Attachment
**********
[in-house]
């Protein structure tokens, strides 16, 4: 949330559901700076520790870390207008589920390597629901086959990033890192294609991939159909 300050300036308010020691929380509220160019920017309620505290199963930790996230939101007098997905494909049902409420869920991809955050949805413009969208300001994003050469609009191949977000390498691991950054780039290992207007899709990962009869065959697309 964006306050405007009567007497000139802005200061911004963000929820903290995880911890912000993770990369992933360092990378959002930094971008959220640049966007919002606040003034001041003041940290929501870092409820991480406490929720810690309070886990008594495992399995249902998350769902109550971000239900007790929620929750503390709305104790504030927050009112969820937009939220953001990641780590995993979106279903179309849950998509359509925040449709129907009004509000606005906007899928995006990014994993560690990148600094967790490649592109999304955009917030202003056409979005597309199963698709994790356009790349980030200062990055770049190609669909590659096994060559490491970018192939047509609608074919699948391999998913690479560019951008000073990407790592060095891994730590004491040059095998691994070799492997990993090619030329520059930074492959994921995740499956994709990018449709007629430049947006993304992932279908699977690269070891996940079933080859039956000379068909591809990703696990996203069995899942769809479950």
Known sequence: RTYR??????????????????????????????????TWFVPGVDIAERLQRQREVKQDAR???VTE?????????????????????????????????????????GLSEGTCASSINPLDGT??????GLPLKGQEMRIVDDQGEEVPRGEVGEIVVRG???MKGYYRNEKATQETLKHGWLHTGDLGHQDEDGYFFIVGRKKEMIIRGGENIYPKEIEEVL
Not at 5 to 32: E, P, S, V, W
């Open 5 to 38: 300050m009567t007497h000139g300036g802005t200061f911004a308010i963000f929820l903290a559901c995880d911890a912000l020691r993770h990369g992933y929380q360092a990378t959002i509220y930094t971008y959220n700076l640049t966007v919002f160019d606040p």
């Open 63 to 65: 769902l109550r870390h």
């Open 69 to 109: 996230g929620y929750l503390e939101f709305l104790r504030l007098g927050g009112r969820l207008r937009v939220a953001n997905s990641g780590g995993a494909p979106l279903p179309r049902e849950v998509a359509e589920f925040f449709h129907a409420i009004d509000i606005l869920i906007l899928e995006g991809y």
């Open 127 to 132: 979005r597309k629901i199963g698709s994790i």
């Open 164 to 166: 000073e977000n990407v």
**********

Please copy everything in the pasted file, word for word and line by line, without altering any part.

[in-house]
């Protein structure tokens, strides 16, 4: 949330559901700076520790870390207008589920390597629901086959990033890192294609991939159909 300050300036308010020691929380509220160019920017309620505290199963930790996230939101007098997905494909049902409420869920991809955050949805413009969208300001994003050469609009191949977000390498691991950054780039290992207007899709990962009869065959697309 964006306050405007009567007497000139802005200061911004963000929820903290995880911890912000993770990369992933360092990378959002930094971008959220640049966007919002606040003034001041003041940290929501870092409820991480406490929720810690309070886990008594495992399995249902998350769902109550971000239900007790929620929750503390709305104790504030927050009112969820937009939220953001990641780590995993979106279903179309849950998509359509925040449709129907009004509000606005906007899928995006990014994993560690990148600094967790490649592109999304955009917030202003056409979005597309199963698709994790356009790349980030200062990055770049190609669909590659096994060559490491970018192939047509609608074919699948391999998913690479560019951008000073990407790592060095891994730590004491040059095998691994070799492997990993090619030329520059930074492959994921995740499956994709990018449709007629430049947006993304992932279908699977690269070891996940079933080859039956000379068909591809990703696990996203069995899942769809479950």
Known sequence: RTYR??????????????????????????????????TWFVPGVDIAERLQRQREVKQDAR???VTE?????????????????????????????????????????GLSEGTCASSINPLDGT??????GLPLKGQEMRIVDDQGEEVPRGEVGEIVVRG???MKGYYRNEKATQETLKHGWLHTGDLGHQDEDGYFFIVGRKKEMIIRGGENIYPKEIEEVL
Not at 5 to 32: E, P, S, V, W
């Open 5 to 38: 300050m009567t007497h000139g300036g802005t200061f911004a308010i963000f929820l903290a559901c995880d911890a912000l020691r993770h990369g992933y929380q360092a990378t959002i509220y930094t971008y959220n700076l640049t966007v919002f160019d606040p």
């Open 63 to 65: 769902l109550r870390h």
């Open 69 to 109: 996230g929620y929750l503390e939101f709305l104790r504030l007098g927050g009112r969820l207008r937009v939220a953001n997905s990641g780590g995993a494909p979106l279903p179309r049902e849950v998509a359509e589920f925040f449709h129907a409420i009004d509000i606005l869920i906007l899928e995006g991809y």
């Open 127 to 132: 979005r597309k629901i199963g698709s994790i």
């Open 164 to 166: 000073e977000n990407v």